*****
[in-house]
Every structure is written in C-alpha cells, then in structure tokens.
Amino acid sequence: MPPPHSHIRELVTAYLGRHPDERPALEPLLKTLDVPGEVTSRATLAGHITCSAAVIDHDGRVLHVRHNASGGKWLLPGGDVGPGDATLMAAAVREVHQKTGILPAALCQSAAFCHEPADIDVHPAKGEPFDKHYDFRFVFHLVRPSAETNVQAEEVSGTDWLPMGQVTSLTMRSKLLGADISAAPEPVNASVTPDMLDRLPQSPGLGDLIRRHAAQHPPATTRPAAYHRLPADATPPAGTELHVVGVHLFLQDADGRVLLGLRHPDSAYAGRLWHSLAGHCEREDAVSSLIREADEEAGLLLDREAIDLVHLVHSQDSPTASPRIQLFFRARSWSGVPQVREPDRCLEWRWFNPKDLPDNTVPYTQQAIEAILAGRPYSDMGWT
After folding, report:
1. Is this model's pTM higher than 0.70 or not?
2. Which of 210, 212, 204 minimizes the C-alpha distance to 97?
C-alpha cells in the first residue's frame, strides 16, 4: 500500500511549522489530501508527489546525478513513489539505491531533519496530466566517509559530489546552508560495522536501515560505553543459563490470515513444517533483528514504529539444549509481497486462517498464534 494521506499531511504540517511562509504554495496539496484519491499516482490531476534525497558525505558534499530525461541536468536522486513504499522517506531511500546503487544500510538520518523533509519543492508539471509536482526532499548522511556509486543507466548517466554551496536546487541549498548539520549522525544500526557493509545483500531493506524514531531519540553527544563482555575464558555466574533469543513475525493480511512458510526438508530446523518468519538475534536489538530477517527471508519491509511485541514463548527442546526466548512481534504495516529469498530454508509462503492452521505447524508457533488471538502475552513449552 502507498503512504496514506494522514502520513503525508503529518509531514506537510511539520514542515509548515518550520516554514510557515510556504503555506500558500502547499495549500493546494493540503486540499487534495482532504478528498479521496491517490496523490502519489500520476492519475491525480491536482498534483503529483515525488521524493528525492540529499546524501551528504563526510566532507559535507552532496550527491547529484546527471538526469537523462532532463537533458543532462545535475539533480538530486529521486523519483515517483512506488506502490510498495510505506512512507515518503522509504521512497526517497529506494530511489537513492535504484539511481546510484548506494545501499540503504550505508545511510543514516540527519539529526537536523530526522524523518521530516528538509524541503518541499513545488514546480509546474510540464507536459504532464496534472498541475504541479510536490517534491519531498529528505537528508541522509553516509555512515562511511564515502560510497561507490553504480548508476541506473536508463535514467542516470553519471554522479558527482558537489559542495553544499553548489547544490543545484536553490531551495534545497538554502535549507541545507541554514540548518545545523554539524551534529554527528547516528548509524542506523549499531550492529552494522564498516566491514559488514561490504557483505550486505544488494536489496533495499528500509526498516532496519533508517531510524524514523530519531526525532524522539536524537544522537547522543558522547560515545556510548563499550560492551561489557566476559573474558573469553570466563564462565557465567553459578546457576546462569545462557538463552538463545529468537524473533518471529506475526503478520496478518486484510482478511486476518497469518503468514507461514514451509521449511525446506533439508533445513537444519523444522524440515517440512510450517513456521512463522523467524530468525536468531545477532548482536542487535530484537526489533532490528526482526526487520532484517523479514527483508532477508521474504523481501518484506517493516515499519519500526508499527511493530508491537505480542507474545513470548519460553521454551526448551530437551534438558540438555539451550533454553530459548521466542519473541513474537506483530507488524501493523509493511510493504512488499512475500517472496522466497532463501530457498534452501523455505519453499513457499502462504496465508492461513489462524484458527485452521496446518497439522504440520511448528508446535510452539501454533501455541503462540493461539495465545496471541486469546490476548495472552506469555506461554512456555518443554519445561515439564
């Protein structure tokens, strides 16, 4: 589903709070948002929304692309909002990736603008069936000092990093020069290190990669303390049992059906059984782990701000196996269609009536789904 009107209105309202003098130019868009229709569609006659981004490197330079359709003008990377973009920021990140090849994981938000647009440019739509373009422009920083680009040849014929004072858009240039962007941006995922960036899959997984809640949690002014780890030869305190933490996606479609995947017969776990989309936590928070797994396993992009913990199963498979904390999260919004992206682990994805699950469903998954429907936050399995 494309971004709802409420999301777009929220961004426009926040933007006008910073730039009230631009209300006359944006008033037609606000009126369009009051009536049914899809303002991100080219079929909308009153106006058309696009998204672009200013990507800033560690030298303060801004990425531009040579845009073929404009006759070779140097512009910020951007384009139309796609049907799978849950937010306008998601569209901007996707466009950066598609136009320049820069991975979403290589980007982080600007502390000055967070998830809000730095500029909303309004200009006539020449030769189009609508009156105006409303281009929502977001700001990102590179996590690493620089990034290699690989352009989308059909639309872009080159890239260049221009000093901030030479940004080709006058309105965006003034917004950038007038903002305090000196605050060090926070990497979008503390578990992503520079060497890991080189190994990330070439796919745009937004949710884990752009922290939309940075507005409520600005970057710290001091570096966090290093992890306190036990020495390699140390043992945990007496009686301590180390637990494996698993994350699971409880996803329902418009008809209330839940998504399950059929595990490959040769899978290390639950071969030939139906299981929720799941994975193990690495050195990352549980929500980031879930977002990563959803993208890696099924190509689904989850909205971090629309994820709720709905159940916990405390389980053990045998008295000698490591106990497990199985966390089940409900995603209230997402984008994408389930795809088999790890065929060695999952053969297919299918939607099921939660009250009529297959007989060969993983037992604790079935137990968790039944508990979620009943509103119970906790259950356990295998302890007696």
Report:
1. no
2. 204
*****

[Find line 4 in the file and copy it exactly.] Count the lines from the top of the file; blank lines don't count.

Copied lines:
After folding, report: